NAACP HORSE RACE RESULTS: African American Influence in 2012November 06, 2012
(WASHINGTON)— The NAACP conducted an election eve state poll on African American voters to gauge influence and key issues ahead of election results and in anticipation of 2016. The following are horse race results for Election 2012.
Due to the growing number of African American voters in many key battleground states, high Black turnout rates coupled with near universal support for Obama will be the decisive factor if President Obama wins the states of Florida, Ohio, and Virginia by a small margin.
In each of these key battleground states Blacks have increased their share of all voters since the 2004 election by around two points. In Georgia, a state poised to become a competitive battleground in future years, the Black vote now stands at over 30% of all voters. If the margin for Obama is 2 points or less in any of these key states, his victory will be a direct result of the increase in Black voter registration and turnout over the past eight years.
Today the NAACP released key data from the election eve battleground poll.
Find all data releases here:
- National Jobs Program is Essential to Winning the African American Vote
- African Americans Remain Overwhelmingly Enthusiastic about President Obama
- African Americans Strongly Distrust the Republican Party to Advance Civil Rights
- Issues Important to African Americans Must Remain on the Agenda to Maintain African American Enthusiasm for 2016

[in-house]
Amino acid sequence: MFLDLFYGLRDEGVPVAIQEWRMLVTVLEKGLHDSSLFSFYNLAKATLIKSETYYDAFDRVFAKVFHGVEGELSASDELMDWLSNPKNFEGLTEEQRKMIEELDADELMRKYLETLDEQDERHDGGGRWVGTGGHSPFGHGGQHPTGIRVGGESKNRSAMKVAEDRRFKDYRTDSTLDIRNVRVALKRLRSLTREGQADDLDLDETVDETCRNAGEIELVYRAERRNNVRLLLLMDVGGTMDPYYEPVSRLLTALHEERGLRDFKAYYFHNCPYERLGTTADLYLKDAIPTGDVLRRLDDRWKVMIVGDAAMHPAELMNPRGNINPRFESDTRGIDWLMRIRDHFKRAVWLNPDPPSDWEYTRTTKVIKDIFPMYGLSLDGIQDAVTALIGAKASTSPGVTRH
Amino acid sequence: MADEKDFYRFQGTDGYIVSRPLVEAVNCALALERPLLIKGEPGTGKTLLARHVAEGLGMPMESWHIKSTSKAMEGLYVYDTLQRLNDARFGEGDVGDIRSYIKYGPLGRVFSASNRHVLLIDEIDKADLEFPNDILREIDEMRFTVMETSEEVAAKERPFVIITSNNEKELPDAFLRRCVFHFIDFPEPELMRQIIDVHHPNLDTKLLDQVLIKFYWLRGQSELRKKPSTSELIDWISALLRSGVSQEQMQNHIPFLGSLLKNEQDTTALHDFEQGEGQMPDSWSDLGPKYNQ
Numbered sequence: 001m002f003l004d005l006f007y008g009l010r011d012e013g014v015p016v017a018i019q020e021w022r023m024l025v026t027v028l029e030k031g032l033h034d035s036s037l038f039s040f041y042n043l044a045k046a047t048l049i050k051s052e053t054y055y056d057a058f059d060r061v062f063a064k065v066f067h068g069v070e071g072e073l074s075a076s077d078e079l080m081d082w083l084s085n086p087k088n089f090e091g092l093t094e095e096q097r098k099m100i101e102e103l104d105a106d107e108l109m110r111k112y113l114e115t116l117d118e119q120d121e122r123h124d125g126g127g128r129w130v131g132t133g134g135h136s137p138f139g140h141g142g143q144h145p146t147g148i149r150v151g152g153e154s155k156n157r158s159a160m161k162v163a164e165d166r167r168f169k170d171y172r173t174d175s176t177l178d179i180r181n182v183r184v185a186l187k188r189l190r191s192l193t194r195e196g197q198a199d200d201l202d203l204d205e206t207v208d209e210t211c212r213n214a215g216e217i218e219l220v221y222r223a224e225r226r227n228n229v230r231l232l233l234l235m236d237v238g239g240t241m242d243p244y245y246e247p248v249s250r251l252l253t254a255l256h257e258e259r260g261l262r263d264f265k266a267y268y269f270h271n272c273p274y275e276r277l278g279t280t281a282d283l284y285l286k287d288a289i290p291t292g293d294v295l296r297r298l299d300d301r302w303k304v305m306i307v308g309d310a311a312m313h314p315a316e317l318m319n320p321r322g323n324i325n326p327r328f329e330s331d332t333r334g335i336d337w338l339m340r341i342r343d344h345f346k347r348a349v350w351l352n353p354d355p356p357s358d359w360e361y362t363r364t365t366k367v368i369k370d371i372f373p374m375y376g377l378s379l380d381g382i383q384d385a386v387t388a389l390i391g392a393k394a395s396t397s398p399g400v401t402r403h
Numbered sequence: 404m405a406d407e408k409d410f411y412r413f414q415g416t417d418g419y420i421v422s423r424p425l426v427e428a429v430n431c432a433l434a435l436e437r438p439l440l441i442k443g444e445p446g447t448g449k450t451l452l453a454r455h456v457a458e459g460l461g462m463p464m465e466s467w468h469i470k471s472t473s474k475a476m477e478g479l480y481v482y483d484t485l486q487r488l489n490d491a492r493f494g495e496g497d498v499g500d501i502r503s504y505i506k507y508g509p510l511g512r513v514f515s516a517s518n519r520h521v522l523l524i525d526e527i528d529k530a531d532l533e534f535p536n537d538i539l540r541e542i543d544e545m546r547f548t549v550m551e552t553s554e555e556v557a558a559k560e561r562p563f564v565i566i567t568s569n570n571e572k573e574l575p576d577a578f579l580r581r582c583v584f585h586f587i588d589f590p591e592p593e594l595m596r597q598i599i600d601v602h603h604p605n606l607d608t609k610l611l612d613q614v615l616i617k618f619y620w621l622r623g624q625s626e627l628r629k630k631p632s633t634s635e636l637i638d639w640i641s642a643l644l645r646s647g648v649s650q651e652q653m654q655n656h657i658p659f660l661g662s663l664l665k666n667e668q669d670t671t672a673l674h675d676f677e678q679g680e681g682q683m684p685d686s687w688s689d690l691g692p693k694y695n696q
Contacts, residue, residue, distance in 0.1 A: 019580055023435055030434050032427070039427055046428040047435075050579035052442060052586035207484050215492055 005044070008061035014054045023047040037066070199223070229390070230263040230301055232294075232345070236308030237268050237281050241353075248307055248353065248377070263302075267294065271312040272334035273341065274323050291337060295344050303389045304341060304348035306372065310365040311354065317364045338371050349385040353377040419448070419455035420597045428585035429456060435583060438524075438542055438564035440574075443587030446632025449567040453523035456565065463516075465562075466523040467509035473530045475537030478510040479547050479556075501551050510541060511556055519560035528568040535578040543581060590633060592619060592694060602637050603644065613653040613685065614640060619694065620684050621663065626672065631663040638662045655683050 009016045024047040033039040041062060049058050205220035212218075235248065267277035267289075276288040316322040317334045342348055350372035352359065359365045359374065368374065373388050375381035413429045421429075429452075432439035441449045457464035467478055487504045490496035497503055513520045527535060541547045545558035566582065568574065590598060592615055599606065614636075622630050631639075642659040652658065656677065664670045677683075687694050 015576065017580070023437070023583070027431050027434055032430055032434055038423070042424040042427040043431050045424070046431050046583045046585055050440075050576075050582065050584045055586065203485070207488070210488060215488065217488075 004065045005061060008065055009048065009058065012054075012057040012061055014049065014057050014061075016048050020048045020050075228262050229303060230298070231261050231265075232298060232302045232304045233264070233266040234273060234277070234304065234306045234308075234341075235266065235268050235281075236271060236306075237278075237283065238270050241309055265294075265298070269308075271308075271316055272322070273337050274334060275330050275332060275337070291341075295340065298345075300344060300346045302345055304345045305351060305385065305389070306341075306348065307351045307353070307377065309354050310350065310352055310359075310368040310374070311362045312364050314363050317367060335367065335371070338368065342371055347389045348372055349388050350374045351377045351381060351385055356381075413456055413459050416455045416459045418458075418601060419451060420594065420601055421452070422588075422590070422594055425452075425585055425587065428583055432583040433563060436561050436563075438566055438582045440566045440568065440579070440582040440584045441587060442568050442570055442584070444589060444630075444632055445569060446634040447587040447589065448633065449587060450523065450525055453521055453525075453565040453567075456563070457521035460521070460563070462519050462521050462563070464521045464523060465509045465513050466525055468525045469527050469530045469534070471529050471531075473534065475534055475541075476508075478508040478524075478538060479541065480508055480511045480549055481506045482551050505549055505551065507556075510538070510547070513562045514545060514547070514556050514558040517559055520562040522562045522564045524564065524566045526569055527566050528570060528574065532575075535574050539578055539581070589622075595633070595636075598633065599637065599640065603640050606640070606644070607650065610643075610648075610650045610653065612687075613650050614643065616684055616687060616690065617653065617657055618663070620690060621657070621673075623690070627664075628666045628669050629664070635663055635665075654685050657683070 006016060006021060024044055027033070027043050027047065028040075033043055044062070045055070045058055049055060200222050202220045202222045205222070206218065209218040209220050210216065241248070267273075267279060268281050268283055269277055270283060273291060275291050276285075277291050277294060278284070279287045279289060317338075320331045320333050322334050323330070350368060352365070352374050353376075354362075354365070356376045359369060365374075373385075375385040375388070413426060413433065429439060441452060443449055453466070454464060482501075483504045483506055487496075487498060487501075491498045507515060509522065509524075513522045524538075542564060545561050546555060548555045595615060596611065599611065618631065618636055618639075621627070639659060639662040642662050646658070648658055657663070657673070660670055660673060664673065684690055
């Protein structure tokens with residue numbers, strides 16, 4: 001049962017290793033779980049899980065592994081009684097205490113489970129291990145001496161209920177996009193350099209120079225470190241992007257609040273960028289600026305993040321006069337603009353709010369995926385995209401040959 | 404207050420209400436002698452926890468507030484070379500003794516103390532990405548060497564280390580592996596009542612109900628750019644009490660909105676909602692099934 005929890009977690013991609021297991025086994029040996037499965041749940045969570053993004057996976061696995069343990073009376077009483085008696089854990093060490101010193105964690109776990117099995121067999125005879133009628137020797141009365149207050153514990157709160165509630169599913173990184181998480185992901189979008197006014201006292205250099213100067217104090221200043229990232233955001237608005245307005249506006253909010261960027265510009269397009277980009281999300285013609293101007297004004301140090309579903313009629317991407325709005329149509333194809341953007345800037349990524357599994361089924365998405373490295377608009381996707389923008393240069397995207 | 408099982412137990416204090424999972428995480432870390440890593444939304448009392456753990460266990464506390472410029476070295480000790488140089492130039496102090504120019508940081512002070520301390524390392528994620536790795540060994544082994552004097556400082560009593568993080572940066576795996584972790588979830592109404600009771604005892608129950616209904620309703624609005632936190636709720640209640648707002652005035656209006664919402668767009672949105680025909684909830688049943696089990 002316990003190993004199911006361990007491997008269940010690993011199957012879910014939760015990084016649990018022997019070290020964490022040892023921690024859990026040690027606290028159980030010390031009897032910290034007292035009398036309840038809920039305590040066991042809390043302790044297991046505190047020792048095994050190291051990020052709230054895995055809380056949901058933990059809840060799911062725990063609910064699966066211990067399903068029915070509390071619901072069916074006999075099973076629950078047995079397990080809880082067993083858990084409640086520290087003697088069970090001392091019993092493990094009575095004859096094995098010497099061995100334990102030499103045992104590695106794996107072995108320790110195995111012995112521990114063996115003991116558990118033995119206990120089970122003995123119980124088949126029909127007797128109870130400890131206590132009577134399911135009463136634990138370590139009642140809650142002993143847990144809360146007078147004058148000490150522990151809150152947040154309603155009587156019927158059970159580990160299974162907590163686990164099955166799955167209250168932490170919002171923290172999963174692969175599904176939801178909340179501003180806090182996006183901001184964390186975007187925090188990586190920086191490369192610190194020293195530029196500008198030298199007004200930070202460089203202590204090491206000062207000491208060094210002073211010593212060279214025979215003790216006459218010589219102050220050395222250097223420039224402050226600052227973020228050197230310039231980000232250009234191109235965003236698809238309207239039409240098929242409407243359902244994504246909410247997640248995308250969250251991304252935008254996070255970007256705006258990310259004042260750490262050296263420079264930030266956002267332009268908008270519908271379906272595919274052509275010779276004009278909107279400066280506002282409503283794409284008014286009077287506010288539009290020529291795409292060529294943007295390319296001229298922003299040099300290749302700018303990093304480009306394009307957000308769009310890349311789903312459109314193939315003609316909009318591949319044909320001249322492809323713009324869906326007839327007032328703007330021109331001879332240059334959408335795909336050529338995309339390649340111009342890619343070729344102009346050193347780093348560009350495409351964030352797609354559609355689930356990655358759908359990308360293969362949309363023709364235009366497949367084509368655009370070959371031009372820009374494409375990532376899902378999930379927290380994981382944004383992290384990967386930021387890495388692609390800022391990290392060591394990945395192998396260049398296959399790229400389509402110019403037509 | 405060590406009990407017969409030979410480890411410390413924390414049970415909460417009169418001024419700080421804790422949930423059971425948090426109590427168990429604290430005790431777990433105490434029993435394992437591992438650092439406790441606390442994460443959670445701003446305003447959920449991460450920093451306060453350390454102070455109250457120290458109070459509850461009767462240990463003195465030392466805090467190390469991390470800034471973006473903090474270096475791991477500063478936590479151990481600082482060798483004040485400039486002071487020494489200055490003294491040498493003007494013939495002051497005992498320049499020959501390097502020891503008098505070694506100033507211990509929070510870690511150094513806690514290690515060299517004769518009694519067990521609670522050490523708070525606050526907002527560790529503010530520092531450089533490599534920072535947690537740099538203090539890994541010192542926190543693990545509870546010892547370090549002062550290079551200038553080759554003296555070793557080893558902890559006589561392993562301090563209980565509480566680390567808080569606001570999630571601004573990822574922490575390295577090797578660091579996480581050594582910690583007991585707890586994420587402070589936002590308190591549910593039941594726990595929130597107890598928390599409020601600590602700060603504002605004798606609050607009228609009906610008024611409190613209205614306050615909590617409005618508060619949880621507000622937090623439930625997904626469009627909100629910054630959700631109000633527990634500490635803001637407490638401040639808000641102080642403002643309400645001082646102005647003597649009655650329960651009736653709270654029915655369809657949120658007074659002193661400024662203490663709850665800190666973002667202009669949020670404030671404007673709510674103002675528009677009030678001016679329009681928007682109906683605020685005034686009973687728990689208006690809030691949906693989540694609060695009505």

- Democratic Advantage on Quality-of-Life Issues Substantial
- African Americans Believe Strongly in Self-Reliance to Achieve Success
- African Americans Support DREAM Act and Marriage Equality
The NAACP battleground poll interviewed 1,600 African American voters who have already voted, or were certain to vote in the November 6, 2012 presidential election. Interviews were conducted via telephone with live callers from November 1-5, 2012. For the 4 individual states (Ohio, Virginia, Florida and Georgia), a minimum of 400 interviews were completed to provide state-specific reliable estimates, and each state is weighted to reflect the known Census demographics for African American voters. The combined four state sample carries an overall margin of error of 2.5%, while each individual state carries a margin of error of 4.9%. Interviewing was administered and overseen by Pacific Market Research.